The Last Day

The soft sound of light rain filled up the room.  She sat, curled up on the couch, and looked out the window.  All the colors were muted thanks to the cloudy sky.  Her thoughts felt muted as well, and that was just fine.  She’d felt enough for a lifetime over the last few weeks, and this rainy afternoon respite was just what she needed.  She took a deep breath in and, after a moment, let her exhale linger.  She didn’t want to leave the comfort and safety of the couch. If she’d had it her way she might never leave the couch again.   A small smile grew at that thought – the idea of it was so wholly impossible and, at the same time, so incredibly tempting.  She shook her head slightly as if she could erase the desire the way one would clear an etch-a-sketch.  The couch would, hopefully, be here for her when she got back.

She unfolded her arms and legs and pressed herself up and off the couch, standing still for a moment as her muscles adapted to the abrupt change in station.  She’d been sitting there for longer than she thought, and it took her a moment to be able to marshal her limbs into following her commands.  Getting off the couch was only the first step.  There were clothes to change into, little chores to finish, and a conversation to be had before she could be on her way.  As she walked stiffly up to her room to change she heard signs that her child was awake and moving in their room.  She mentally crossed “wake John” off her to do list and continued on her way.  Getting dressed was first, and she welcomed all the steps between these stiff ones to her room and the conversation they had to have today.  All the little steps would be easy, the conversation would be what it would be.

She stared at her closet, feeling the overwhelm that came with making herself presentable.  She found so much comfort in her normal clothing that dressing up was simply stressful.  She grabbed the first thing she could put her hands on – a black skirt – and built the rest of the outfit from there.  No one would really be looking at her today, not in any way that they’d remember, so it didn’t matter all that much what she chose.  The black skirt, a deep blue shirt, and a silver belt would do just fine.  She crossed another item off her internal to do list as she headed back downstairs.  The chores barely provided a distraction – her mind was already focused on what she had to say and where she had to go.

Her heart was pounding just a bit faster than was comfortable when she knocked on his door.

“John, may I come in and talk with you for a moment before I leave?”, she asked out of politeness.

“Come in.”

She opened the door and found her son sitting cross-legged on his bed, facing the door.  He was waiting for her.

“Thanks.  So, I’m about to go and we need – “

“I know.  I’m ready.”

She paused. “I wish you didn’t have to be ready.  I wish this didn’t have to happen.”

He looked down at his knees and mumbled, “It’s not YOUR fault.”

“Oh, John, it’s not YOUR fault, either.” She crossed the room and sat herself next to him on the bed.  He picked up his head to look at her and she was saddened to see that he was crying.  She reached out to touch his cheek before continuing. “We are going to be fine, and today is just a formality.  I want you to know what’s going to happen so you don’t have to worry while I’m gone.”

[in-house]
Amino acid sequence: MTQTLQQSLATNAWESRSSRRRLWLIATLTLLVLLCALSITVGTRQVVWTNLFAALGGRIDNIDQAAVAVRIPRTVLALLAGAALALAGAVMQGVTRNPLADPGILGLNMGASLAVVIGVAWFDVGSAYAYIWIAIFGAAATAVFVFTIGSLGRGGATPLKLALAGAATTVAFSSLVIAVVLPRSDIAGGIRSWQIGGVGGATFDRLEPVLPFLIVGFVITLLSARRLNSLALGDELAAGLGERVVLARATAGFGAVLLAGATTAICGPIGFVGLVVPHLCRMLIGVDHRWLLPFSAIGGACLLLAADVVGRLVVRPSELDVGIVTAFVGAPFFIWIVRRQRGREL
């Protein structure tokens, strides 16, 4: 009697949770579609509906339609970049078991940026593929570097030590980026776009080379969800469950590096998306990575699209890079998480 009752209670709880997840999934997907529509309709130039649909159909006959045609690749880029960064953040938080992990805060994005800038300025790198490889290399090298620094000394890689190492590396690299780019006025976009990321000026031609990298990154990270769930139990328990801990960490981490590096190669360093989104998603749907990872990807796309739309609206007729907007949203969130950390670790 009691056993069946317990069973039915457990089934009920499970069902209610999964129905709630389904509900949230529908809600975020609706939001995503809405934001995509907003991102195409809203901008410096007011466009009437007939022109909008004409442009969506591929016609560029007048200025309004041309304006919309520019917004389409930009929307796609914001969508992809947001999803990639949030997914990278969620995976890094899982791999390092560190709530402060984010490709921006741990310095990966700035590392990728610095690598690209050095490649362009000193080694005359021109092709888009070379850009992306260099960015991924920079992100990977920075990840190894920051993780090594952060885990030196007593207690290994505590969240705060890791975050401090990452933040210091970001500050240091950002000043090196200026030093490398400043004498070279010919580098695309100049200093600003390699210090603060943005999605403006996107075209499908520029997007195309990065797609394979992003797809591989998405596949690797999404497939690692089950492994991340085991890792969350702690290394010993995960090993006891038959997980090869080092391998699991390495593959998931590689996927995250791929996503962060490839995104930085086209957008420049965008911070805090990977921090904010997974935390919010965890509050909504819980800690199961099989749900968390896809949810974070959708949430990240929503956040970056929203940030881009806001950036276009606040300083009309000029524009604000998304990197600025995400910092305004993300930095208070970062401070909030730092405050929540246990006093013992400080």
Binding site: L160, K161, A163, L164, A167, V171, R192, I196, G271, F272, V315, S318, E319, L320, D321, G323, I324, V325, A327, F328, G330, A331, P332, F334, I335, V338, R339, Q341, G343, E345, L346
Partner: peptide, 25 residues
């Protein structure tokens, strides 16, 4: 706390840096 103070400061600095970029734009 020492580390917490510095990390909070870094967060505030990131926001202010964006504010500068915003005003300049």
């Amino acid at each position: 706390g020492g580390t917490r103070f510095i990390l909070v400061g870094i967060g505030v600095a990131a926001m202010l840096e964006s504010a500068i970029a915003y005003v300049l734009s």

He nodded, with his bottom lip between his teeth.

“Ok.  So today is when I go to our final court date.  I will go before the judge and he will ask me if we’ve had any contact from him.  We haven’t, and I’ll say that.  Then the judge will ask the courtroom at large if there are any comments or objections, which there won’t be, before he’ll award me sole custody of you.  Then we’re done.”

John looked back at his knees again, and she understood.

“Honey, the lack of contact has nothing to do with you.  He doesn’t have it in him – that’s on him, not on us.  We need to take care of ourselves and each other, and that’s what today is all about.”

John nodded, still staring at his knees, and then a big sob escaped him.  She wrapped him up in her arms so fast it was almost like she’d turned back time to get there before he broke.  He clung to her and let his tears flow, and there were a lot of them.  She kept her breathing slow and held him tightly until he quieted down and started to pull away.  She followed his lead and slid back from him enough for him to sit up fully.

“What comes after today?”, he asked with the sound of resolve in his voice.

“Once we’re done in court we can switch gears and focus on moving.  We can move on to packing and getting this place ready to sell.  We can choose our next location and get busy making plans.   After today we’re free.”

John nodded again and stood up. “I want to come with you.  I want to be there when we get our freedom.”

She nodded slowly, standing up.   “Ok.  Put yourself together – we need to leave in 5 minutes.”

As she closed the door behind her, she smiled.  Their son – no, HER son was a strong young man, and it was clear to her in that moment that everything really would be ok.  Today would be good and hard and pivotal, and they’d be there together.

**All 30-minute musing posts are fiction**

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